As an employer, regardless of how many employees you have, you need robust, carefully drafted contracts of employment in place. Such contracts will contribute to the smooth running of your workforce, and should reduce the risk of conflicts arising.
It is also good practice for you to have in place separate workplace policies and procedures, for example covering disciplinary, grievance, absence management, equal opportunities, health and safety, and IT and social media. These policies and procedures contain certain rules and standards which employees and workers need to follow, and are helpful in informing employees of your expectations and standards within the workplace.
Employment law changes regularly, so it is important that you review employment contracts and policies on a regular basis to ensure they are still up to date and compliant. Similarly, contracts may need to be amended as your business grows and its requirements change. This can be fairly complicated, particularly in cases where your employees are reluctant to accept the changes being proposed.
A contract of employment is an agreement between an employer and an employee which sets out the rights and obligations of each party during (and following the termination of) the employment relationship.
The content of the contract of employment will depend upon the nature of the business and the role of the employee. However, there are certain employment terms that must be given to the employee in writing, and these would usually be found in the contract of employment. Some of these terms include:
- The date on which the employee’s period of continuous employment began
- Pay (or method of calculating it) and interval of payment
- Hours of work
- Holiday entitlement and holiday pay
- Job title (or a brief description of the work)
- Place of work, and
- Notice periods for termination of employment
In addition to the contract of employment, it is good practice for employers to have written policies and procedures in place. These should be non-contractual ‘rules’ which set out the standards expected of the workers, and reduce the risk of an employment dispute by ensuring that workers and managers understand their rights and responsibilities.
Some policies are fundamental, and are required by all businesses. These can include policies on equality, disciplinary and grievances, health and safety, sickness and capability, IT and communications. Other policies are optional and depend upon the type of business and its needs, such as an adverse weather policy.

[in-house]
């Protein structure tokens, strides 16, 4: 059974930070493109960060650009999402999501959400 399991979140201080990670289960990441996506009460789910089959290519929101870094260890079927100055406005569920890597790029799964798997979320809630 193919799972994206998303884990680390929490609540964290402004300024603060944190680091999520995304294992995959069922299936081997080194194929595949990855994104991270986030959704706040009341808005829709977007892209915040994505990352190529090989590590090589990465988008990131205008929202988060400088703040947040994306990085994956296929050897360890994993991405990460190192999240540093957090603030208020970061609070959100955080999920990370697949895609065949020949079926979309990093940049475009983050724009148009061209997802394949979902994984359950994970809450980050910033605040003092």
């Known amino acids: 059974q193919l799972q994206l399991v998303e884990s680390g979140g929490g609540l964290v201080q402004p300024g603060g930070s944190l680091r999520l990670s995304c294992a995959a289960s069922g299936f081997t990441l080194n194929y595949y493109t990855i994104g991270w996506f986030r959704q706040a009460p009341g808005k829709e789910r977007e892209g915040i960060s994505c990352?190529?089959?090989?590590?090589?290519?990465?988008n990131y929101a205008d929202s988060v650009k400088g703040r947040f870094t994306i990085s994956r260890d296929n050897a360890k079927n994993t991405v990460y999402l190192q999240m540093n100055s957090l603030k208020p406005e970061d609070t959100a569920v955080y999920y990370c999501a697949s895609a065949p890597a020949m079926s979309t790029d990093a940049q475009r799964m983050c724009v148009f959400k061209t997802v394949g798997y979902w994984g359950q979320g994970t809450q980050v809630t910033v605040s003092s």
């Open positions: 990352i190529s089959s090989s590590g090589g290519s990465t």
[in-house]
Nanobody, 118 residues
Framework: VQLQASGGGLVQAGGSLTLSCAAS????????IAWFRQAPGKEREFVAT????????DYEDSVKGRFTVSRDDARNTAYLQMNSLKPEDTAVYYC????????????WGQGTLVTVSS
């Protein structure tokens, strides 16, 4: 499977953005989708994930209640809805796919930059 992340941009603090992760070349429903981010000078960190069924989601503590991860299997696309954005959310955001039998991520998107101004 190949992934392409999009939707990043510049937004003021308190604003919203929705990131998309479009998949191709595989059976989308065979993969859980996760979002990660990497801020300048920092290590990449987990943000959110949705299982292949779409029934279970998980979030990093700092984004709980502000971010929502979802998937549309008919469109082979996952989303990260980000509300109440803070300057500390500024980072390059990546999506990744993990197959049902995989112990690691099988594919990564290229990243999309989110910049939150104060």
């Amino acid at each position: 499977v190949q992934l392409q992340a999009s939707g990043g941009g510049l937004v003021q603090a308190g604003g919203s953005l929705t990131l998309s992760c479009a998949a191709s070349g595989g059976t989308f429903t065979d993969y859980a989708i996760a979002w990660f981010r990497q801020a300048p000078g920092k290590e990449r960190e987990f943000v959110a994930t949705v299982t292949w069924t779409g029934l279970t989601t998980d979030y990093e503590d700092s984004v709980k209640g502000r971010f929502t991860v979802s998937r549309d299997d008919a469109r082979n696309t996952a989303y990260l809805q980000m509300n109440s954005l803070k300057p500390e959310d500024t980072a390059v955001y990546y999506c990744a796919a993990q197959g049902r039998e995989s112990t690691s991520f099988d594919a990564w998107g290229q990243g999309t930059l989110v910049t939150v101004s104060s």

Policies and procedures in the workplace should be clear, user-friendly and easy to understand for your employees. They should be drafted to suit your organisation’s own circumstances. Whilst there is no requirement to agree or consult with your staff over the content of policies and procedures, it is good practice to do so in some circumstances. For example, ACAS recommends that staff are involved in the development of disciplinary and grievance rules and procedures.
Whether you are a small business or a large national organisation, our experienced Employment Law Solicitors can help you by putting in place contracts of employment for new and existing employees, covering all types of working arrangements (including fixed-term, casual hours, and other atypical working patterns). We can also review your existing contracts, ensuring that your terms and conditions of employment are fully compliant with UK employment law, including national minimum wage legislation and the Working Time Regulations.
In addition, we can prepare policies and procedures for use in your workplace which are tailored to suit your organisation, and which are fully compliant with ACAS codes and guidance and currently legislation including the Equality Act 2010. We can then advise you in the effective use of these policies, guiding you through the procedures and helping you to ensure that you are acting fairly and reasonably when managing your staff.
We can also provide advice and support in changing your terms and conditions of employment when your business needs require you to do so, particularly in situations where your employees are resistant to the change.
In most employment situations taking legal advice early on can often stop the situation from escalating and will save you time and money later. With our proactive advice, Thorntons Employment Law team can help find the right solution for you over employee management issues, including contracts, policies and procedures. Give one of our team a call on 03330 430 350 , or complete our online enquiry form and we will contact you.